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The Three Citrons

Twice I have let her escape, as if my hands were tied; and here I sit like a rock, when I ought to run like a greyhound. Faith indeed I have made a fine hand of it! But courage, man! there is still another, and three is the lucky number; either this knife shall give me the fay, or it shall take my life away." So saying he cut the third citron, and forth came the third fairy, who said like the others, "Give me to drink." Then the Prince instantly handed her the water; and behold there stood before him a delicate maiden, white as a junket with red streaks,—a thing never before seen in the world, with a beauty beyond compare, a fairness beyond the beyonds, a grace more than the most. On that hair Jove had showered down gold, of which Love made his shafts to pierce all hearts; that face the god of Love had tinged with red, that some innocent soul should be hung on the gallows of desire; at those eyes the sun had lighted two fireworks, to set fire to the rockets of sighs in the breast of the beholder; to the roses on those lips Venus had given their colour, to wound a thousand enamoured hearts with their thorns. In a word, she was so beautiful from head to foot, that a more exquisite creature was never seen. The Prince knew not what had happened to him, and stood lost in amazement, gazing on such a beautiful offspring of a citron; and he said to himself, "Are you asleep or awake, Ciommetiello? Are your eyes bewitched, or are you blind? What fair white creature is this come forth from a yellow rind? What sweet fruit, from the sour juice of a citron? What lovely maiden sprung from a citron-pip?"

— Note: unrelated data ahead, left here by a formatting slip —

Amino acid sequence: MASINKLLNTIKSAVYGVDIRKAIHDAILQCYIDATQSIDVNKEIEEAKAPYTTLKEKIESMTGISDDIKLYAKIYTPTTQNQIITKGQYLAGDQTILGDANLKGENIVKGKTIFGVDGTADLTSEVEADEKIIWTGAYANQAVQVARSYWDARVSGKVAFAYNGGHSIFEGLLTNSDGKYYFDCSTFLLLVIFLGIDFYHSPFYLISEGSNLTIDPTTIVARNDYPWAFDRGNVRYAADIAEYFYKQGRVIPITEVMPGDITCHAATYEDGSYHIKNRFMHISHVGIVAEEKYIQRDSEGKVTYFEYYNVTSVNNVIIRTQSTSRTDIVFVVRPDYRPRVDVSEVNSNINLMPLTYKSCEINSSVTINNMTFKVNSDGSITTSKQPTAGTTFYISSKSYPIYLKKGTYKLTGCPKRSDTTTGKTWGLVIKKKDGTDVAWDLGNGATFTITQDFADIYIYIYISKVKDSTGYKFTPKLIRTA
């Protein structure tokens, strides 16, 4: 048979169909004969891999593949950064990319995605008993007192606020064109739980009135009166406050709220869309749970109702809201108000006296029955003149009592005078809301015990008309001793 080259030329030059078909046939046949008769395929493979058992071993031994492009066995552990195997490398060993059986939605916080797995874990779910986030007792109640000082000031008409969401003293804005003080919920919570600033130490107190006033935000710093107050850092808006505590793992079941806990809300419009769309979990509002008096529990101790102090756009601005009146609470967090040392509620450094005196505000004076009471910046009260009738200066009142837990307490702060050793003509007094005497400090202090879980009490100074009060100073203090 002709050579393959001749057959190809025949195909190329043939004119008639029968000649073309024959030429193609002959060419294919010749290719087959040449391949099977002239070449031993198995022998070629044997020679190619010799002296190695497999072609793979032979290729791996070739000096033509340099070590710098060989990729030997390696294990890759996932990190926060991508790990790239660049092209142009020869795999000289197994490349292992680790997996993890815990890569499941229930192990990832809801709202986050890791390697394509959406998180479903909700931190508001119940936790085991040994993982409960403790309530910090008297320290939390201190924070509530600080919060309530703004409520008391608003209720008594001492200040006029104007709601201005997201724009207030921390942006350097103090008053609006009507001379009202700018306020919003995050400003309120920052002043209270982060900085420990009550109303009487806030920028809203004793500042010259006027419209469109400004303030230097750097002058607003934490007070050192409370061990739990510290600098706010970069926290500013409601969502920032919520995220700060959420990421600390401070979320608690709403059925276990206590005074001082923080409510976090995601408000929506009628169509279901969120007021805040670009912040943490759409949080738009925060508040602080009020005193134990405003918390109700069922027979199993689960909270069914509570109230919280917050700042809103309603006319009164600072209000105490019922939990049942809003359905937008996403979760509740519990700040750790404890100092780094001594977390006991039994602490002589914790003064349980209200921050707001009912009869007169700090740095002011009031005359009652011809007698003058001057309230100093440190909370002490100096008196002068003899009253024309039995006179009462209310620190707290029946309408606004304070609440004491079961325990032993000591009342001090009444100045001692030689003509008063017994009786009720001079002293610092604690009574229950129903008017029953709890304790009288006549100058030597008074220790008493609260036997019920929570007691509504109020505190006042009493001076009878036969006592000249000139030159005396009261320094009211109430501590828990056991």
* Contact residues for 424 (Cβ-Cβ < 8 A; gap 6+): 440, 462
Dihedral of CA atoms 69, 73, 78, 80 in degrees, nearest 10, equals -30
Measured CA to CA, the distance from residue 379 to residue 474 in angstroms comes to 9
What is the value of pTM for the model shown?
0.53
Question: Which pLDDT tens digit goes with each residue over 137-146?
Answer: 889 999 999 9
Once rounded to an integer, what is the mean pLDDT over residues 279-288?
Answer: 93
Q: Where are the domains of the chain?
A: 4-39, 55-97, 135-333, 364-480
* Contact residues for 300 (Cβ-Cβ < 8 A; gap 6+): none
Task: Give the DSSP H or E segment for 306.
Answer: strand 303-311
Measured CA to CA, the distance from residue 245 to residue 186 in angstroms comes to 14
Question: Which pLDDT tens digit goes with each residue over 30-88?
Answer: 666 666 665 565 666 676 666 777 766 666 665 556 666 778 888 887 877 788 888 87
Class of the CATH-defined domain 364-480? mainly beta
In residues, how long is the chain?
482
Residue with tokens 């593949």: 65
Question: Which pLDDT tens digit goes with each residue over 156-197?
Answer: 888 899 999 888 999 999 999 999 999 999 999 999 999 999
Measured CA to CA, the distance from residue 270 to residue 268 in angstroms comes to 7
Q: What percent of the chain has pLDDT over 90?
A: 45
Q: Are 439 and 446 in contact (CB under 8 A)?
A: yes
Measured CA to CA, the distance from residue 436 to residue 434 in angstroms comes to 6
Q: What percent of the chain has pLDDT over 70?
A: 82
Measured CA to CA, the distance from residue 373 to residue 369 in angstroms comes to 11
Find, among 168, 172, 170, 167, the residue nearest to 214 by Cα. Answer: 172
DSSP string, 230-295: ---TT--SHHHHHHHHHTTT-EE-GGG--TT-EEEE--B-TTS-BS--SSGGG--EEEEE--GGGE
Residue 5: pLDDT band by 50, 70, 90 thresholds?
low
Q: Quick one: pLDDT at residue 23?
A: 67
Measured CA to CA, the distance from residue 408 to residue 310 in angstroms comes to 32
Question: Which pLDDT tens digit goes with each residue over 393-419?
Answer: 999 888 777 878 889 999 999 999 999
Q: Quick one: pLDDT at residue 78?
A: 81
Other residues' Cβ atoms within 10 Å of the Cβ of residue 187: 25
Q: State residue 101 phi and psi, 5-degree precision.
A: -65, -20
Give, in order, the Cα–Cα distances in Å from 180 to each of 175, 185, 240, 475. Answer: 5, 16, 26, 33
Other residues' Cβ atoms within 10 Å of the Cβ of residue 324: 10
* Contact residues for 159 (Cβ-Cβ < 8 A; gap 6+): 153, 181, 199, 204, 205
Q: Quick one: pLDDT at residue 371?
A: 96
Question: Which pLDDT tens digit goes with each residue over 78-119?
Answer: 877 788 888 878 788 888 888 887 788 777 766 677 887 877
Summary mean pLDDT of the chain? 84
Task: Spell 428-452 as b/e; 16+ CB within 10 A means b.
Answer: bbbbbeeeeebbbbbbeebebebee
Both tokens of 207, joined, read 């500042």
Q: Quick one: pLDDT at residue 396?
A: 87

At length, seeing that it was all true and no dream, he embraced the fairy, giving her a hundred and a hundred kisses; and after a thousand tender words had passed between them—words which, as a setting, had an accompaniment of sugared kisses—the Prince said, "My soul, I cannot take you to my father's kingdom without handsome raiment worthy of so beautiful a person, and an attendance befitting a Queen; therefore climb up into this oak-tree, where Nature seems purposely to have made for us a hiding-place in the form of a little room, and here await my return; for I will come back on wings, before a tear can be dry, with dresses and servants, and carry you off to my kingdom.

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Category: Chinese folktales
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